How Long Does it Take to Become a CNA?
To become a CNA takes about three months. However, this can vary depending on your state's requirements.
First, you'll need to complete a training course that usually lasts around 12 weeks. Once you've completed your course, you'll need to pass the National Nurse Aide Assessment Program (NNAAP) exam. Then, it's up to your state to decide if you're ready to become a certified nursing assistant. Some states may require additional training or testing before you can begin working as a CNA.
What's the Average CNA Salary?
The Bureau of Labor Statistics reported that in 2020, the median hourly wage for CNAs was $14.82, up from $14.25 in 2019. The national average annual CNA salary was $30,830, up from $29,640 in 2019, $28,530 in 2018 and $27,510 in 2017.
Per diem CNAs do not earn their money on a salary basis. In fact, they are often self-contracted workers, especially if they use a PRN staffing app such as Nursa, and therefore, they earn an hourly rate that is much higher than the average annual income figures for CNAs.
Is a CNA and a Nurse the Same?
A CNA is a member of the nursing team who assists nurses with patient care. CNAs are often responsible for basic tasks such as taking vital signs, changing bedsheets and helping patients eat and bathe. They may also be responsible for providing emotional support to patients and their families.
The term “nurse” usually refers to registered nurses (RNs) or licensed practical nurses (LPNs). RNs have completed an accredited nursing program and passed the National Council Licensure Examination (NCLEX-RN). LPNs have completed an accredited LPN program and passed the National Council Licensure Examination for Practical Nurses (NCLEX-PN).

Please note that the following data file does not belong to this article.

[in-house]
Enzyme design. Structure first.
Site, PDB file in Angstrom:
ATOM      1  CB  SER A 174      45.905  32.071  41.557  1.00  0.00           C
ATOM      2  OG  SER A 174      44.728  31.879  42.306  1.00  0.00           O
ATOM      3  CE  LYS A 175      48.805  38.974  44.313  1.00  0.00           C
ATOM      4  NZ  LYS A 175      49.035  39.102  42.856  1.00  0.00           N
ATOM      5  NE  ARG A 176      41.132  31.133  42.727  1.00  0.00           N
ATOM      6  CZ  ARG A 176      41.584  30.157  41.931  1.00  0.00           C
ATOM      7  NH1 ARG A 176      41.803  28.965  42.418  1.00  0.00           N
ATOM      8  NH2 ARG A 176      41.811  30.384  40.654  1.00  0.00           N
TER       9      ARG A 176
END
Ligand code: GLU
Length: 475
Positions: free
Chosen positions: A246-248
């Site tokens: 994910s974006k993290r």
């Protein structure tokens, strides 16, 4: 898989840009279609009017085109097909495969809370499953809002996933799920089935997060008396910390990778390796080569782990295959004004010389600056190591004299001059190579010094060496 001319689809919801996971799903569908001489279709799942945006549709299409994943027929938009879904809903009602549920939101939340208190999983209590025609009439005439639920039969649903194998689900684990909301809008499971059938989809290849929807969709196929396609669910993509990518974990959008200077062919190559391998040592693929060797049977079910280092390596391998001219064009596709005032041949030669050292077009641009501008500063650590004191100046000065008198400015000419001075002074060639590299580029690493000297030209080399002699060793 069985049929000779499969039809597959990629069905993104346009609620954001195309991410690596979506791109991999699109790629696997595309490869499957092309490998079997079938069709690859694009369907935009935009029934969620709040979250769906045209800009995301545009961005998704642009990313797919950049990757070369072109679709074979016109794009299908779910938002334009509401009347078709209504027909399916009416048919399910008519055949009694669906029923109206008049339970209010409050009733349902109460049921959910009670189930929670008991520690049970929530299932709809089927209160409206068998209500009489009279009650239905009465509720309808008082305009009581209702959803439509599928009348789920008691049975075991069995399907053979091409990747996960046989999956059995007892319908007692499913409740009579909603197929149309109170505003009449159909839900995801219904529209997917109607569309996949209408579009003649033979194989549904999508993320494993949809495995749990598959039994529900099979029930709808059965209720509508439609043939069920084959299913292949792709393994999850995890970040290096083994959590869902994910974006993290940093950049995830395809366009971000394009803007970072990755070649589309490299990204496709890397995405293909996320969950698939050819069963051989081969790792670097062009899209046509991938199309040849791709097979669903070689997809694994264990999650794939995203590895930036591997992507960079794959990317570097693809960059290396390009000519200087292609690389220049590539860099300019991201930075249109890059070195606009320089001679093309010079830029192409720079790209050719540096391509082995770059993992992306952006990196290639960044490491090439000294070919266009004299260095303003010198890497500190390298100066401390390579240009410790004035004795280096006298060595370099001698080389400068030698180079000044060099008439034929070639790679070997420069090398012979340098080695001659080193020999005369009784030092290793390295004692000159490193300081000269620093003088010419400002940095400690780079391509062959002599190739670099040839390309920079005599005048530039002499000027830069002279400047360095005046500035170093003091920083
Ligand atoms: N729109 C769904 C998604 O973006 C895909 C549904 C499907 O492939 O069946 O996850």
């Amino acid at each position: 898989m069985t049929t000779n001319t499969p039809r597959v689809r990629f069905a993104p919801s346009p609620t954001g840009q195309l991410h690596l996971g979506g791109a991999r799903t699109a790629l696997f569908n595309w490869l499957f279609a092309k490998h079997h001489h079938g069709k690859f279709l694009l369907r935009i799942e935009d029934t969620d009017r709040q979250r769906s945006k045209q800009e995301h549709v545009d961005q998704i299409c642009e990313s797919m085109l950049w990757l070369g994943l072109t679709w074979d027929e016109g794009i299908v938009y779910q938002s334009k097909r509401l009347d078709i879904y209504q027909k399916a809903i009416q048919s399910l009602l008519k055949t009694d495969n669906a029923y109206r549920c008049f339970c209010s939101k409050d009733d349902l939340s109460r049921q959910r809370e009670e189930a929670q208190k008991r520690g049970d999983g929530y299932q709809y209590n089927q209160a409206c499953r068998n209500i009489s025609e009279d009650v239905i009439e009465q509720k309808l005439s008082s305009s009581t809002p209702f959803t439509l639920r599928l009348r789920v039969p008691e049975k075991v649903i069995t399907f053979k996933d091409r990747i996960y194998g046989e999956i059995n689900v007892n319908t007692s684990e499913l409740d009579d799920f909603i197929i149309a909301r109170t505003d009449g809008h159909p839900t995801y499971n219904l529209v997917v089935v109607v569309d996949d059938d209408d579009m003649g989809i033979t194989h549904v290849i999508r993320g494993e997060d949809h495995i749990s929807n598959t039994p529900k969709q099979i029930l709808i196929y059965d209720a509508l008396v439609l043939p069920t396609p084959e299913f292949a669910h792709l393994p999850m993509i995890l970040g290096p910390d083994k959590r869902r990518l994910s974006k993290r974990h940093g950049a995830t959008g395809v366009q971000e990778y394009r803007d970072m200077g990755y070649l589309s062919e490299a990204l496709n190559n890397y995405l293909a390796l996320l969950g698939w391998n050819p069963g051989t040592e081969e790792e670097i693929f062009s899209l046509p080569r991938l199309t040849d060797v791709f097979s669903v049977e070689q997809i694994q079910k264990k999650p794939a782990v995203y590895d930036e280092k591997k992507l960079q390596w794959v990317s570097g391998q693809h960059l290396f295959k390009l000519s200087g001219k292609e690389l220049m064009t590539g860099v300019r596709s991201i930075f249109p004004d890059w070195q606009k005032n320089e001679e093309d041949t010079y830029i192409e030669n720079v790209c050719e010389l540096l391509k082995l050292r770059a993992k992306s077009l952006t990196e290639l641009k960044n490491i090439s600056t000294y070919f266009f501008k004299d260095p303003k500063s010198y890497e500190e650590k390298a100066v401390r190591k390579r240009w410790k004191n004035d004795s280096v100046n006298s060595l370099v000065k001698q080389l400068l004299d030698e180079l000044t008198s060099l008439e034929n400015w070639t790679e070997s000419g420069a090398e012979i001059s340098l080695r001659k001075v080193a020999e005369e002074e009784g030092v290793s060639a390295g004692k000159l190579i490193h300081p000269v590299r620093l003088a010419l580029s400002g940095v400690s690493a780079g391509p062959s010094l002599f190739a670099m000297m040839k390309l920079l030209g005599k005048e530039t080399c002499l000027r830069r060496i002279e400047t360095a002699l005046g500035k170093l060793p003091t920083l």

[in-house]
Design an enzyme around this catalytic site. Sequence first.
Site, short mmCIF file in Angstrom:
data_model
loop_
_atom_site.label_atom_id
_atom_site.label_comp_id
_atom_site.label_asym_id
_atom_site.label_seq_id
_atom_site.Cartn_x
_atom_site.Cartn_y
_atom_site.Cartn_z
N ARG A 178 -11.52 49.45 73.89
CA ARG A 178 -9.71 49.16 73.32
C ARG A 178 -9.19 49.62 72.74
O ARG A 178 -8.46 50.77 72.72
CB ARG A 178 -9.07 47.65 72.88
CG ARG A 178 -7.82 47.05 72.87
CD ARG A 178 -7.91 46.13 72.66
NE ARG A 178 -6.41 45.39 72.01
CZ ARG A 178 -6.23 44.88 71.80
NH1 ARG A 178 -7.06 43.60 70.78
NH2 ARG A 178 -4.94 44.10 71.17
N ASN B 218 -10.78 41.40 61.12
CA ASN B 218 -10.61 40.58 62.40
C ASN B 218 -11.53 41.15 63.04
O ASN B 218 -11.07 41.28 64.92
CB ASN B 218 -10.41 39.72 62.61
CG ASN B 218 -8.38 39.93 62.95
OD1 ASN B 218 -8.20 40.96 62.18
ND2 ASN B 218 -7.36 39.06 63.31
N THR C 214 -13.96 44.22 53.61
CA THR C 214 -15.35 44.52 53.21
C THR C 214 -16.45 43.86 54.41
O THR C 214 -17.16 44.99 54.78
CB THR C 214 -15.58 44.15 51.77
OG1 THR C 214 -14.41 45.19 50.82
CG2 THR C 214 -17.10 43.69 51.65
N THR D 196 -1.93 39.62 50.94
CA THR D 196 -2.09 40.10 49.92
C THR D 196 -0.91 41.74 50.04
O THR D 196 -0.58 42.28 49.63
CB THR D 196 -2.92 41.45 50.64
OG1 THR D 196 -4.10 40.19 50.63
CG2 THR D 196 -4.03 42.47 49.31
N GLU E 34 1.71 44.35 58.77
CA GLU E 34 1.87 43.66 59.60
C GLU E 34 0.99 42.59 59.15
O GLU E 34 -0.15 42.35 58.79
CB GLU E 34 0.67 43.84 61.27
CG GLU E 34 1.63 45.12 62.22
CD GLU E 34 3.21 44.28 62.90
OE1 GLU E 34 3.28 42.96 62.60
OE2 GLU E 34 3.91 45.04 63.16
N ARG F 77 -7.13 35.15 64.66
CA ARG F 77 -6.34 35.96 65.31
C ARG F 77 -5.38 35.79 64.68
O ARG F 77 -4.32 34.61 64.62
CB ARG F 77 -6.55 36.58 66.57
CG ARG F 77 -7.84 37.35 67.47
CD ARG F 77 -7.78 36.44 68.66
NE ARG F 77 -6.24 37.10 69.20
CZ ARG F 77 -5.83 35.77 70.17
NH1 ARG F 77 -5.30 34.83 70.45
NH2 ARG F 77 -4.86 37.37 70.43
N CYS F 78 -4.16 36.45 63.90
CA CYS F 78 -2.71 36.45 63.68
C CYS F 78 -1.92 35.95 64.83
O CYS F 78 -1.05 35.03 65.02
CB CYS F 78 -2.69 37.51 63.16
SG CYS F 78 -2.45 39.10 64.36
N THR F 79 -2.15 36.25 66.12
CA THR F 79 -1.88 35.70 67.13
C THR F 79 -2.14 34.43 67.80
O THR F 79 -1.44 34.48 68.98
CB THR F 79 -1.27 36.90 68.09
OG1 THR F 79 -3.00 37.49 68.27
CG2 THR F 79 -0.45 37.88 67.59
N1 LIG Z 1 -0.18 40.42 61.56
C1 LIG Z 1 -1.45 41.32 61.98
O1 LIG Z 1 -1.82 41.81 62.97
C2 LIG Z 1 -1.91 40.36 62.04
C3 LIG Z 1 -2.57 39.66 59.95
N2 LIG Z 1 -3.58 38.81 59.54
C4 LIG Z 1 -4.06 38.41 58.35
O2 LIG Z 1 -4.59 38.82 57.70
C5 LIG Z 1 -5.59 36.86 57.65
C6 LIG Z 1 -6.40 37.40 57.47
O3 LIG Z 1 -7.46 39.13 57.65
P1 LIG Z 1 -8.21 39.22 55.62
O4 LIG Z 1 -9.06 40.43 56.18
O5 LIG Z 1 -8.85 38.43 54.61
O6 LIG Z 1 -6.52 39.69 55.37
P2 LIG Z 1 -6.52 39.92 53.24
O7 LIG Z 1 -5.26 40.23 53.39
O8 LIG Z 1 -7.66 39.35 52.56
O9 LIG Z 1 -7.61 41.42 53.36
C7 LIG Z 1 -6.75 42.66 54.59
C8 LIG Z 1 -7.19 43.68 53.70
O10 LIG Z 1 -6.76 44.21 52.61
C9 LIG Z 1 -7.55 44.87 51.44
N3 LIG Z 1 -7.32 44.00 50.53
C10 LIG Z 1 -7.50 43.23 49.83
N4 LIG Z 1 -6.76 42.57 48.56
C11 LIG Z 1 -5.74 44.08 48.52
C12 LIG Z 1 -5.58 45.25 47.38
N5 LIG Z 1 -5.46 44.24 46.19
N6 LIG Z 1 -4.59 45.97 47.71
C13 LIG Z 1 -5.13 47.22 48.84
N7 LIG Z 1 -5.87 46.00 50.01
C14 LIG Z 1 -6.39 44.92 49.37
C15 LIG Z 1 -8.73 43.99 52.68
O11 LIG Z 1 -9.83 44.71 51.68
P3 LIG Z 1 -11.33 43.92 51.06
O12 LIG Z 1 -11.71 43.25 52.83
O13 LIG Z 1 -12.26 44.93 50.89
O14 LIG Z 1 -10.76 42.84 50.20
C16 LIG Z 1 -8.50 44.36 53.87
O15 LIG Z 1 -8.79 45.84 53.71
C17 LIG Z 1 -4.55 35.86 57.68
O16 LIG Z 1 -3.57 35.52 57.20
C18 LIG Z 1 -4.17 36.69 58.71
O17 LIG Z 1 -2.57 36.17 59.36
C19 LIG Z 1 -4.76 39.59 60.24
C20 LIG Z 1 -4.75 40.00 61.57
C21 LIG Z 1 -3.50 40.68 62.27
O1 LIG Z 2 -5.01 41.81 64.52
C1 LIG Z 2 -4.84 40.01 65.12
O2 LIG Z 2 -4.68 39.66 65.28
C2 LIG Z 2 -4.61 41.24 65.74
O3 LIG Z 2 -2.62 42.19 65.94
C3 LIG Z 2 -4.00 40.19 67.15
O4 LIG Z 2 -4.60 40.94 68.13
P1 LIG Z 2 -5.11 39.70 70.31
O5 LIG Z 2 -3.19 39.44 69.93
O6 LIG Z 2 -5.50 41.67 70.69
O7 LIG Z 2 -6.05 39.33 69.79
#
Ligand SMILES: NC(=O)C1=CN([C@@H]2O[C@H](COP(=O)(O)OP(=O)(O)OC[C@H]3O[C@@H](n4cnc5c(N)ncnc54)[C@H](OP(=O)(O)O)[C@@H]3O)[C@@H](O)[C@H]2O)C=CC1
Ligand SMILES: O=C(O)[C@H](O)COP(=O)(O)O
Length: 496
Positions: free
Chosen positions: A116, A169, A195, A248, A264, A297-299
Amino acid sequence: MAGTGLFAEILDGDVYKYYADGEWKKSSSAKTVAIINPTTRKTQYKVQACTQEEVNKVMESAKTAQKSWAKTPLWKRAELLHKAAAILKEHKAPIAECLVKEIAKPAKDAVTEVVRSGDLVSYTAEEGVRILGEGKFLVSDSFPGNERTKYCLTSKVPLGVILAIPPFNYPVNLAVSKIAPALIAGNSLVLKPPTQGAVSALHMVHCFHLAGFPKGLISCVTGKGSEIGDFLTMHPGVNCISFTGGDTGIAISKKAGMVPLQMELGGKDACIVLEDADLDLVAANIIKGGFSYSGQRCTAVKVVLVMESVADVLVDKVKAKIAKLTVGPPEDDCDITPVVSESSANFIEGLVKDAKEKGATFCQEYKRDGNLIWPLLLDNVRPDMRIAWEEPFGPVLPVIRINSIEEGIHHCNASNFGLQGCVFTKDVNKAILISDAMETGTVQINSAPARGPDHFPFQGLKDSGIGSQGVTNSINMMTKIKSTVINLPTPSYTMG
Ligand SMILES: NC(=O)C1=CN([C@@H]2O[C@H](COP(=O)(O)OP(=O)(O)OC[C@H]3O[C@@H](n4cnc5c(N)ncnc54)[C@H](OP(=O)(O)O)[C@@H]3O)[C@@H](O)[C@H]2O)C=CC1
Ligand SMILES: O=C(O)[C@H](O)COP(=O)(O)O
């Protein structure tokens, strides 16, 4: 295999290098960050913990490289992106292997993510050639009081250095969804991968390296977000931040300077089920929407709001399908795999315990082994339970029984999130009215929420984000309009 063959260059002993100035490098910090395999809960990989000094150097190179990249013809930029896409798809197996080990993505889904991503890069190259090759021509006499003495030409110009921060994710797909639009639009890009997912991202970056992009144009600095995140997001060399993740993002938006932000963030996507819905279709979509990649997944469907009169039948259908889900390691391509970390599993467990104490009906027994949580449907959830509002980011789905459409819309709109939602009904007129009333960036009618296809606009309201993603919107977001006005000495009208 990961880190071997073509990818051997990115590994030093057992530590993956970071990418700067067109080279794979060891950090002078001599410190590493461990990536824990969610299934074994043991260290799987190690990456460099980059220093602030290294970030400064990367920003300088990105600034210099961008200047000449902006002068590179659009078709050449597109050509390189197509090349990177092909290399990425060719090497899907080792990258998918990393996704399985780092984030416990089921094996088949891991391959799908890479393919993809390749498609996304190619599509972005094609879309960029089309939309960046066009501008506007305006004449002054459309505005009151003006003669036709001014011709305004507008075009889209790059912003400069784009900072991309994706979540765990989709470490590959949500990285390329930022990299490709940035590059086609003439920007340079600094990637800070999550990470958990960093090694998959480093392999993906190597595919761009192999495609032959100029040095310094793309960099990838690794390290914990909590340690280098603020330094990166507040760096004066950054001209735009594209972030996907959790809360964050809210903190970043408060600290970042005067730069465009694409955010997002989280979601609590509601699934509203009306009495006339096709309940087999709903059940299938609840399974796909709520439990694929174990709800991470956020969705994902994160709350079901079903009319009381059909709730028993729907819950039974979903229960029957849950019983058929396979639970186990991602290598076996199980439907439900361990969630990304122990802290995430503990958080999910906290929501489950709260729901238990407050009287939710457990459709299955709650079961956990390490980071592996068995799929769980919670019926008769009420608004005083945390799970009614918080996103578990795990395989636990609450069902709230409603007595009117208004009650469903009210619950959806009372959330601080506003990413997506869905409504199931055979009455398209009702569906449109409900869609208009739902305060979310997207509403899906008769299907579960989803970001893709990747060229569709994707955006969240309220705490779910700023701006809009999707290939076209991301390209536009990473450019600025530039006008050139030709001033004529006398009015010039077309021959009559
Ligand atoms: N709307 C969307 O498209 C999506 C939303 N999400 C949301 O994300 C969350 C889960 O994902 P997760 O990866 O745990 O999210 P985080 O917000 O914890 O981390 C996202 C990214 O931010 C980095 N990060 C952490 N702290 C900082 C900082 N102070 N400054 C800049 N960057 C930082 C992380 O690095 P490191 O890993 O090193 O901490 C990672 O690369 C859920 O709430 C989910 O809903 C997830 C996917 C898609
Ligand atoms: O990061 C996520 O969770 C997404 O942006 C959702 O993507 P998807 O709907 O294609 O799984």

Should I Become a CNA Before Going to Nursing School?
There is no one-size-fits-all answer to this question. It depends on your specific situation and goals.
If you are interested in becoming a nurse, it’s best to research the various educational pathways available to you and decide which option is best for your individual needs and goals. Each educational pathway has its own benefits and drawbacks, so it is important to do your research before making a decision. If you have any questions, an admissions representative at a nursing school can be a good source of information.
While the CNA position is often considered an entry-level position, it can be a useful stepping stone to other healthcare professions. If you are not sure whether you want to become a nurse, it may be helpful to first become a CNA in order to gain experience in the healthcare field and determine if nursing is the right career for you. Becoming a CNA may help you prepare yourself for nursing or healthcare management work.
What Will You Learn in a CNA Program?
There are many things that you will learn in a CNA program, but some of the most important include how to provide basic care to patients, how to interact with patients and their families, and how to handle medical equipment. You will also learn about the human body and common medical procedures. After completing a CNA program, you will be eligible to take the certification exam and become a certified nurse assistant.